Would you rather avoid a Tiger or a Squid?

A Product Manager’s lesson about assumptions

One of my colleagues had a picture of a Tiger on his laptop screen. I am mentioning this because it's the only recollection of how the following conversation came about.

Somehow, this picture sparked an argument about what we would rather avoid, a Tiger or a Squid. Not your typical scenario, but we give it a bash. My colleague has a very loud voice, so sure enough the entirety of our relatively small office was now part of the conversation. I went over to the development team and asked them:

“Who would you rather not confront, a Tiger or a Squid?”

I thought the answer was obvious. There was no doubt in my mind that the dev team would avoid the Tiger. Right?

Nope…

Rather than a simple yes or no, I was instead bombarded with a series of questions.

  • What environment are we in?
  • Is the Squid hostile?
  • Is the Tiger hungry?
  • Are we in water?
  • How deep is the water?
  • How far away is the Squid?
  • Can the Squid ink you?
  • What kind of Tiger is it?
  • Do I have any defensive weapons?
  • Has the Squid already sunk the pirate ship?

C’mon, really? A pirate ship?! This was certainly unexpected, but I proceeded to humor the questions. What I didn’t realise was the underlying message that the dev team was trying to poke fun at.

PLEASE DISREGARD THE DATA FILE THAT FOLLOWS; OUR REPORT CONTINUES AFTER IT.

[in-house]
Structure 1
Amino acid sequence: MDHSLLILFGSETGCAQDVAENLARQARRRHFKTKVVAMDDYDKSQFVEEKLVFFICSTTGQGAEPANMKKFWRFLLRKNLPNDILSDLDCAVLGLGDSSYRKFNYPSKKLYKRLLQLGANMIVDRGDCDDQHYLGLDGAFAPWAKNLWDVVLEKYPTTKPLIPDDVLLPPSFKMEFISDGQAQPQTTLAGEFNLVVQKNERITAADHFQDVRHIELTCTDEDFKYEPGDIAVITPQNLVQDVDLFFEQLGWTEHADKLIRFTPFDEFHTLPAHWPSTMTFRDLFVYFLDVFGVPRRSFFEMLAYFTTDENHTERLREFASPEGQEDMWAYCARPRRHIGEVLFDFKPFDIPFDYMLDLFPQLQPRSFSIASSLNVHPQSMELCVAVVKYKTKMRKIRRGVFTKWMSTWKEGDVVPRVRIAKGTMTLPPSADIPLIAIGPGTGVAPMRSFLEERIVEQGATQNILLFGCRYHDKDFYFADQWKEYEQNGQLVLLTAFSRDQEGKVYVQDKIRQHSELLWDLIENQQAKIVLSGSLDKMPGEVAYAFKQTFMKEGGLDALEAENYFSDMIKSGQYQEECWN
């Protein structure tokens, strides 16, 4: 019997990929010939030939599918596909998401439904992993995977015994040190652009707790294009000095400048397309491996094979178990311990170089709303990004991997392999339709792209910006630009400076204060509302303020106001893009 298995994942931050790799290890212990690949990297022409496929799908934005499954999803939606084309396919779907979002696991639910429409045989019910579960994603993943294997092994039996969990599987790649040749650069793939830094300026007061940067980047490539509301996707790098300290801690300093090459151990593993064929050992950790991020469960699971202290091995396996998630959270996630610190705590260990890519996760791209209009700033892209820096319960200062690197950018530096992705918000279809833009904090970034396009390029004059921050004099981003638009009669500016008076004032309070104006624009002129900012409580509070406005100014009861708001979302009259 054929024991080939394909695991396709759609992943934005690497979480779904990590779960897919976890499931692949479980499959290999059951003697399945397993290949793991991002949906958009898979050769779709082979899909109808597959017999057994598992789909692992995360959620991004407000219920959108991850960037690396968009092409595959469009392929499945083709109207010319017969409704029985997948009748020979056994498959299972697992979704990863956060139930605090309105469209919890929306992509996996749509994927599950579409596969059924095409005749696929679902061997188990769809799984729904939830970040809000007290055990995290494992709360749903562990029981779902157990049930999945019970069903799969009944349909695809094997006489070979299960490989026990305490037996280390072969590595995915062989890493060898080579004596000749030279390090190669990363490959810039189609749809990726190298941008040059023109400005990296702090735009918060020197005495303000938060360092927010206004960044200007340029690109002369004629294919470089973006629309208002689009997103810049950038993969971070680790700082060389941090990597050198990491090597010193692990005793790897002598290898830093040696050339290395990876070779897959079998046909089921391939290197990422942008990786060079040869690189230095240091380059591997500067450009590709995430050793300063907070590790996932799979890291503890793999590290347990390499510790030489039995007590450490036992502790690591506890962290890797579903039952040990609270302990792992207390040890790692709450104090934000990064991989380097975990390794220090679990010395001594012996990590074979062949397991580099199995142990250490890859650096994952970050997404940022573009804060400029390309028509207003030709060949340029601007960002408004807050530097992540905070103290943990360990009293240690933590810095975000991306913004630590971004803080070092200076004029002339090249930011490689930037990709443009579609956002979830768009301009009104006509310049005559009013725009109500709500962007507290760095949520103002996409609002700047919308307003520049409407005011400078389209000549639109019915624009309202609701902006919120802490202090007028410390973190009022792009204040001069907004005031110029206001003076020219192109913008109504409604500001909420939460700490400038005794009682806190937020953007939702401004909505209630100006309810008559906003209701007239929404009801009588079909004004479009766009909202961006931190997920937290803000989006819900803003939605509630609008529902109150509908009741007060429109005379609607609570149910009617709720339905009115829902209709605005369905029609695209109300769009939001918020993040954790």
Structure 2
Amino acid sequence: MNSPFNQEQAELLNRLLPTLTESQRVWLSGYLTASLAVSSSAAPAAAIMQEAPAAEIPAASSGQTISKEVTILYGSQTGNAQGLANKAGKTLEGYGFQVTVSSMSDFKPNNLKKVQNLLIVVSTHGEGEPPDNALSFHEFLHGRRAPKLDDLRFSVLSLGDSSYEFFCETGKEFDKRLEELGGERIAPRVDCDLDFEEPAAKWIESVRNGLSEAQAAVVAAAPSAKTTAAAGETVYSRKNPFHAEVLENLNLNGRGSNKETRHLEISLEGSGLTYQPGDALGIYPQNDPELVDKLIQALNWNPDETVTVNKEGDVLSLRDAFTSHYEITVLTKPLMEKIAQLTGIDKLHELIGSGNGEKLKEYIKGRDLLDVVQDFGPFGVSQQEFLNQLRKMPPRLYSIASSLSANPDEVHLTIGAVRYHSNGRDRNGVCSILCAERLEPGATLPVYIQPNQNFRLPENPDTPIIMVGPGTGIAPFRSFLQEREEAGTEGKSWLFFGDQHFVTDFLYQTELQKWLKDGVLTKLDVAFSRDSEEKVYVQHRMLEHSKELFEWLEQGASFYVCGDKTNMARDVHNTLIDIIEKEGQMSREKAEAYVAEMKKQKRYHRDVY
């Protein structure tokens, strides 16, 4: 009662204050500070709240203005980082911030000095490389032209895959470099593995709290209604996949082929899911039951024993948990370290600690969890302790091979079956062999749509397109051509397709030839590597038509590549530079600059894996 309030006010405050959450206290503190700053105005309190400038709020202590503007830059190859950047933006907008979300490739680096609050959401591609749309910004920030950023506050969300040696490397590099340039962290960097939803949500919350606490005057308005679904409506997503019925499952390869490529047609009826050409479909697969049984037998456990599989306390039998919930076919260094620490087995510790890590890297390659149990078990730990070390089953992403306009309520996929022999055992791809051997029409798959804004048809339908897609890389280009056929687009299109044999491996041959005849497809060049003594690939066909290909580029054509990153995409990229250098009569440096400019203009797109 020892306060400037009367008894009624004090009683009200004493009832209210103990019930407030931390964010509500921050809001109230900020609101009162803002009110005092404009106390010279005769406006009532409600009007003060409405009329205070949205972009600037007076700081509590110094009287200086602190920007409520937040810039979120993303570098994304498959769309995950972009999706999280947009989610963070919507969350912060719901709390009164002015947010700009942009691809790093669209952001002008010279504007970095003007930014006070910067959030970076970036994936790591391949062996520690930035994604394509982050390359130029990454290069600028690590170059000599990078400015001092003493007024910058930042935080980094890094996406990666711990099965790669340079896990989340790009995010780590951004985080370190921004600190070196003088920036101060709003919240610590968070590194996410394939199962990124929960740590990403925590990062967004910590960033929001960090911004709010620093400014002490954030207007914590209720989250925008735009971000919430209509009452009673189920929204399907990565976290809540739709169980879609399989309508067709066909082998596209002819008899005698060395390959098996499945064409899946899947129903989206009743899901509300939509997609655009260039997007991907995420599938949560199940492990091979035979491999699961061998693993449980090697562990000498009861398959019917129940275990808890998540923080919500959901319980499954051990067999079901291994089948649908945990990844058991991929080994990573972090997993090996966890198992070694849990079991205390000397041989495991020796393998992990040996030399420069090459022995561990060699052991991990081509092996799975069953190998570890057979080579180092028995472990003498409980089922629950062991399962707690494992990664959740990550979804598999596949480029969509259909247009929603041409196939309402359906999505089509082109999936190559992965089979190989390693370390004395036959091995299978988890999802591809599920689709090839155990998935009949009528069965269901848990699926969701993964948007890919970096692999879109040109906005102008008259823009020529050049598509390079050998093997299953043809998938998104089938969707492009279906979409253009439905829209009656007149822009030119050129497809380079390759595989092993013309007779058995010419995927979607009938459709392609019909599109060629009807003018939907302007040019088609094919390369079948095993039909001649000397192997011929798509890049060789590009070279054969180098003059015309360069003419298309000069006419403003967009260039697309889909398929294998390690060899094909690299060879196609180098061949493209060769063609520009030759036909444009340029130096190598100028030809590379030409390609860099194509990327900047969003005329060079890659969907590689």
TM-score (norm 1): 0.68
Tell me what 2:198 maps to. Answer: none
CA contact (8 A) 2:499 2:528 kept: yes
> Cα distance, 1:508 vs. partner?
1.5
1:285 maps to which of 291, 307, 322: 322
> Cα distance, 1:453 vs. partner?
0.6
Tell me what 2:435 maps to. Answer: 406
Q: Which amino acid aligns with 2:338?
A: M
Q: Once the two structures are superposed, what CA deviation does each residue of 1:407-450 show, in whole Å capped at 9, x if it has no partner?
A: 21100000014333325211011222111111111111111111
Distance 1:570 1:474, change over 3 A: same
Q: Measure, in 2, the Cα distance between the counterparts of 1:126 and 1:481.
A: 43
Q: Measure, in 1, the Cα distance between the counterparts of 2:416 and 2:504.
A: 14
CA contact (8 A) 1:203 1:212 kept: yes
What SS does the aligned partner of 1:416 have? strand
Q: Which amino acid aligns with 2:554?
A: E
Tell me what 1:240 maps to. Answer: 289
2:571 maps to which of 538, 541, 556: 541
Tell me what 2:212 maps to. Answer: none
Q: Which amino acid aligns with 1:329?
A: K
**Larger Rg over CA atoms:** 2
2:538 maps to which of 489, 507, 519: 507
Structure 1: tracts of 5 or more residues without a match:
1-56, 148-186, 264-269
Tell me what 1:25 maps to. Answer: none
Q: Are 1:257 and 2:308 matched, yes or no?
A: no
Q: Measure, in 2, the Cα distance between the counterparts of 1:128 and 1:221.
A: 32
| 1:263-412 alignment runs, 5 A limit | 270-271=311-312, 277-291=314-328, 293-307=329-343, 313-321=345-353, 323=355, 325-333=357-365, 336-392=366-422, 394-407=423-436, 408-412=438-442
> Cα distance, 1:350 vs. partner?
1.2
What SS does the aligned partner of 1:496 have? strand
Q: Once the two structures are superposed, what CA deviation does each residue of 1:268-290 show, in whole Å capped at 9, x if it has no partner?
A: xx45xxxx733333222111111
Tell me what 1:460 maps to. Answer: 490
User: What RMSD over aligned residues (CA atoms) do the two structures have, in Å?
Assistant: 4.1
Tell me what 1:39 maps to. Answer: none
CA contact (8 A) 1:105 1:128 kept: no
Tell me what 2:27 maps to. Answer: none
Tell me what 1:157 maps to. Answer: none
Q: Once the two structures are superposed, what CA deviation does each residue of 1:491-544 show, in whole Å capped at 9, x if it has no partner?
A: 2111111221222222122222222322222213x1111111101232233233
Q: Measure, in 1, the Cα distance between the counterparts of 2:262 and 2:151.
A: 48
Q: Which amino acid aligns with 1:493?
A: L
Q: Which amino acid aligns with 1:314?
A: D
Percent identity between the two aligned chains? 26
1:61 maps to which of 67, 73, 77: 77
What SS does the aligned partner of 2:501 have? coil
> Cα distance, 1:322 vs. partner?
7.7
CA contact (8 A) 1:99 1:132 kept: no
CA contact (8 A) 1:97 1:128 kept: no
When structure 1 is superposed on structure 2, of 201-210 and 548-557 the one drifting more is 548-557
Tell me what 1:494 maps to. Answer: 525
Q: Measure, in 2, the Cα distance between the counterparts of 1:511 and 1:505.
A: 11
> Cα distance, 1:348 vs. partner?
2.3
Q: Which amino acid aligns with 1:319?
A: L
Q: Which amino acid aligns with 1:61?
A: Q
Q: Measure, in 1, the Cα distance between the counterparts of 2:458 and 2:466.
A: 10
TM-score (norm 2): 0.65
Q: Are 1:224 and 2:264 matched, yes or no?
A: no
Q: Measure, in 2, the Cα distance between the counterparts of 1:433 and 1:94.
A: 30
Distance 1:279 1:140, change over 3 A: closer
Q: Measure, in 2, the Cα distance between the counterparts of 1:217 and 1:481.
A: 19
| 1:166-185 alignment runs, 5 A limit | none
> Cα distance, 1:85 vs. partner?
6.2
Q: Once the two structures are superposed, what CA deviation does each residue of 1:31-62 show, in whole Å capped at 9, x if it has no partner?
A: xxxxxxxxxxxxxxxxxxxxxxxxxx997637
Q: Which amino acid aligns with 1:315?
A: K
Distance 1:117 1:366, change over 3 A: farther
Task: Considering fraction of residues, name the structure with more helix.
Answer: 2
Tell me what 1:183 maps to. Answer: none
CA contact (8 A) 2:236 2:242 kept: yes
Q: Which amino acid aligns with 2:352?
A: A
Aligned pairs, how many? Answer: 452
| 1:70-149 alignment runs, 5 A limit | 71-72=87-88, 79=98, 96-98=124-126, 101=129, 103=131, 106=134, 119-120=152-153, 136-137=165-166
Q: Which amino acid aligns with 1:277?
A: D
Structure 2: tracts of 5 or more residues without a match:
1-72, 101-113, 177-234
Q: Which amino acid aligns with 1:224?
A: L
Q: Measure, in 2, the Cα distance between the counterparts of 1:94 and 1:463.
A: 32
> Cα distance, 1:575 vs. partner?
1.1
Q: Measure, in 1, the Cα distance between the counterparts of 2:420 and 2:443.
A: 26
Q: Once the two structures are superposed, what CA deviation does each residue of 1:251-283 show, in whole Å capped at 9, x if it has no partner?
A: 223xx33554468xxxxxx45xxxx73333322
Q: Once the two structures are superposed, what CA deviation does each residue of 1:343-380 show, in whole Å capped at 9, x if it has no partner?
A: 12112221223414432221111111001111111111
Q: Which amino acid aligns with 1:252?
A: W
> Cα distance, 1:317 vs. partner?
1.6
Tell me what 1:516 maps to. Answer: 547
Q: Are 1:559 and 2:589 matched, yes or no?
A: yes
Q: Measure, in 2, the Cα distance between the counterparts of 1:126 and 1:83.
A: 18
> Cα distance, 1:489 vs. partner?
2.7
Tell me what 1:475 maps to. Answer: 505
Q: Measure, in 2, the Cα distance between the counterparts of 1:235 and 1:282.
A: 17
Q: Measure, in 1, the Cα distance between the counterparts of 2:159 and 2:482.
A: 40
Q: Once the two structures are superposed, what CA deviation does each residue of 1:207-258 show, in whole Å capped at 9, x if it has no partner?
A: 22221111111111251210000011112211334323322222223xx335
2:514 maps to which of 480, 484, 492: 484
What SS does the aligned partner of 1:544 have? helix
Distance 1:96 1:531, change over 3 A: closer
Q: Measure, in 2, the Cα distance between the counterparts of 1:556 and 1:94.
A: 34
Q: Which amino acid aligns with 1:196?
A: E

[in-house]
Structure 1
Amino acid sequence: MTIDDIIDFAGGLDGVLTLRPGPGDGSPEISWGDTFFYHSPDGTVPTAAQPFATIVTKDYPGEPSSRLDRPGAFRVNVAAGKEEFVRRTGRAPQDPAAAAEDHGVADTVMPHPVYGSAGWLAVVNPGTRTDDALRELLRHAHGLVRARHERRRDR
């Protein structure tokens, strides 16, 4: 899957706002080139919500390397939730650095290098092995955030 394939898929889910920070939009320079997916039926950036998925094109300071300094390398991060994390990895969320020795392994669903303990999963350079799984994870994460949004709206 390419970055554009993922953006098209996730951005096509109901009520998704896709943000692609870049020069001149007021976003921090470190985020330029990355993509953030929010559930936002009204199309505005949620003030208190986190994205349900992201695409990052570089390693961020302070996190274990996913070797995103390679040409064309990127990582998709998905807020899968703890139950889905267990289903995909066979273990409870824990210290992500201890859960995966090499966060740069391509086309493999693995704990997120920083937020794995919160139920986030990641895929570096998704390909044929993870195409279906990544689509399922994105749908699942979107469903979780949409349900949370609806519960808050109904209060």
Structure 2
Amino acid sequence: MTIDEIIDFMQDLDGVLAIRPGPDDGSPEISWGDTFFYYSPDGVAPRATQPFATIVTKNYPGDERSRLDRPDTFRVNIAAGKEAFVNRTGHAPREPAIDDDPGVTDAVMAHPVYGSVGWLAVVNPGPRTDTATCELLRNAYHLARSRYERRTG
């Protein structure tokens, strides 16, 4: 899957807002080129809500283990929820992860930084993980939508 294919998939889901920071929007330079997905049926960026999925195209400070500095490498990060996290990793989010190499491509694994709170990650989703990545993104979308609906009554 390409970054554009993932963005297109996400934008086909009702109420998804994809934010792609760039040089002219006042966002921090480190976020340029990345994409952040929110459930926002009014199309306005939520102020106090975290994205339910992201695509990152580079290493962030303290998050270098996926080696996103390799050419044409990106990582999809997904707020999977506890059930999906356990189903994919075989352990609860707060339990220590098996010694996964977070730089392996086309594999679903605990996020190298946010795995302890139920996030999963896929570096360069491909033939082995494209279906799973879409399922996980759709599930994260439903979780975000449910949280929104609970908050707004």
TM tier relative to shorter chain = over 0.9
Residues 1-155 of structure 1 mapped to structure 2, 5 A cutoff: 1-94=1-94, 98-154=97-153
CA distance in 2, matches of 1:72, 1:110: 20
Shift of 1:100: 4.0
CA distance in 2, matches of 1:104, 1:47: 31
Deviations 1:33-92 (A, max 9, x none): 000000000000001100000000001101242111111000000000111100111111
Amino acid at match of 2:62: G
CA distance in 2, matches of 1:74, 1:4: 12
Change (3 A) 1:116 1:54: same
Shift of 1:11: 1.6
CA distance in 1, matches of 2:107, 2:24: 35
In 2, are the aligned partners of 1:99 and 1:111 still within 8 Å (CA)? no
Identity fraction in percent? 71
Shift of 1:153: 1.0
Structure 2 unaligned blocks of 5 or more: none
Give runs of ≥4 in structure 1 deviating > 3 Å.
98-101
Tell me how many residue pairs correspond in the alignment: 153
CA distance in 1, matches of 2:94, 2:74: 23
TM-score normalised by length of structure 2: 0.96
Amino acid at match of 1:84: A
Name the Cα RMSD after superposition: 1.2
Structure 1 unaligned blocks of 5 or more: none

Probably harmless

One of developers pointed out, that although the answer may seem relatively straightforward, everything is not so black and white. That the answer depends on the type of environment, available resource and status of the potential threat. “What if the Tiger has just eaten? What if the Squid is not in water?”. He said this applies to all of our products and associated features. That assumptions can be dangerous and are not always as clean cut as they may initially appear.

This is my biggest lesson in Product Management to date.

After being in a PM role for nearly two years, that was my biggest lesson. It was always my job to test scenarios, and that the obvious answer is not always the best, but this was the first time I’d realised the true risk of assumptions. That a great PM should avoid assumptions and constantly be testing those already established.

Seriously though, in pretty much any given scenario (other than deep ocean) I’d rather avoid a Tiger.